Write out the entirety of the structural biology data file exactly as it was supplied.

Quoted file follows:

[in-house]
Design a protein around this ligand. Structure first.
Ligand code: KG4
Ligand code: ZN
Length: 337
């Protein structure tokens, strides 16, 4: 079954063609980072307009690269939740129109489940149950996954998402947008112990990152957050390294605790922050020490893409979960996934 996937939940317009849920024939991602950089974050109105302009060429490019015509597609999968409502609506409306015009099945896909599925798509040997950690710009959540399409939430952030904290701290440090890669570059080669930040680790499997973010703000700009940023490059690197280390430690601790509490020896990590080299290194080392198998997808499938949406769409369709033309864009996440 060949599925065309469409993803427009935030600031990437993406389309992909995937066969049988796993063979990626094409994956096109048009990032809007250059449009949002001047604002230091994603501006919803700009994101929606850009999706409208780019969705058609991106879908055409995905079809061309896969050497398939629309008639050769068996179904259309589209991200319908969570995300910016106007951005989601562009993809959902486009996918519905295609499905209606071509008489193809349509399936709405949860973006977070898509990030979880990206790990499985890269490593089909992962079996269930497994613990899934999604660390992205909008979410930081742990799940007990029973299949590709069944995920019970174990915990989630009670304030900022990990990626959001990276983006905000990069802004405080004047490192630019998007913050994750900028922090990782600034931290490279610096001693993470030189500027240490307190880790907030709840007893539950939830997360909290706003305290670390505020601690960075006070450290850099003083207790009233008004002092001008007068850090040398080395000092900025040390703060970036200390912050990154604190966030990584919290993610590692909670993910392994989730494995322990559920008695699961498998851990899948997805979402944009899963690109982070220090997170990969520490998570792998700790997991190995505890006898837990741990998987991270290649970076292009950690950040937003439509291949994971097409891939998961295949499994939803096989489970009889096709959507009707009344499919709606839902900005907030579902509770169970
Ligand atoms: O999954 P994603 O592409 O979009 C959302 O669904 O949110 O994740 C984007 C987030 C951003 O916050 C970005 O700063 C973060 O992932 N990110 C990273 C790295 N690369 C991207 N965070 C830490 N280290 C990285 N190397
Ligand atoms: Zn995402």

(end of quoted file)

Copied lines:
[in-house]
Design a protein around this ligand. Structure first.
Ligand code: KG4
Ligand code: ZN
Length: 337
């Protein structure tokens, strides 16, 4: 079954063609980072307009690269939740129109489940149950996954998402947008112990990152957050390294605790922050020490893409979960996934 996937939940317009849920024939991602950089974050109105302009060429490019015509597609999968409502609506409306015009099945896909599925798509040997950690710009959540399409939430952030904290701290440090890669570059080669930040680790499997973010703000700009940023490059690197280390430690601790509490020896990590080299290194080392198998997808499938949406769409369709033309864009996440 060949599925065309469409993803427009935030600031990437993406389309992909995937066969049988796993063979990626094409994956096109048009990032809007250059449009949002001047604002230091994603501006919803700009994101929606850009999706409208780019969705058609991106879908055409995905079809061309896969050497398939629309008639050769068996179904259309589209991200319908969570995300910016106007951005989601562009993809959902486009996918519905295609499905209606071509008489193809349509399936709405949860973006977070898509990030979880990206790990499985890269490593089909992962079996269930497994613990899934999604660390992205909008979410930081742990799940007990029973299949590709069944995920019970174990915990989630009670304030900022990990990626959001990276983006905000990069802004405080004047490192630019998007913050994750900028922090990782600034931290490279610096001693993470030189500027240490307190880790907030709840007893539950939830997360909290706003305290670390505020601690960075006070450290850099003083207790009233008004002092001008007068850090040398080395000092900025040390703060970036200390912050990154604190966030990584919290993610590692909670993910392994989730494995322990559920008695699961498998851990899948997805979402944009899963690109982070220090997170990969520490998570792998700790997991190995505890006898837990741990998987991270290649970076292009950690950040937003439509291949994971097409891939998961295949499994939803096989489970009889096709959507009707009344499919709606839902900005907030579902509770169970
Ligand atoms: O999954 P994603 O592409 O979009 C959302 O669904 O949110 O994740 C984007 C987030 C951003 O916050 C970005 O700063 C973060 O992932 N990110 C990273 C790295 N690369 C991207 N965070 C830490 N280290 C990285 N190397
Ligand atoms: Zn995402």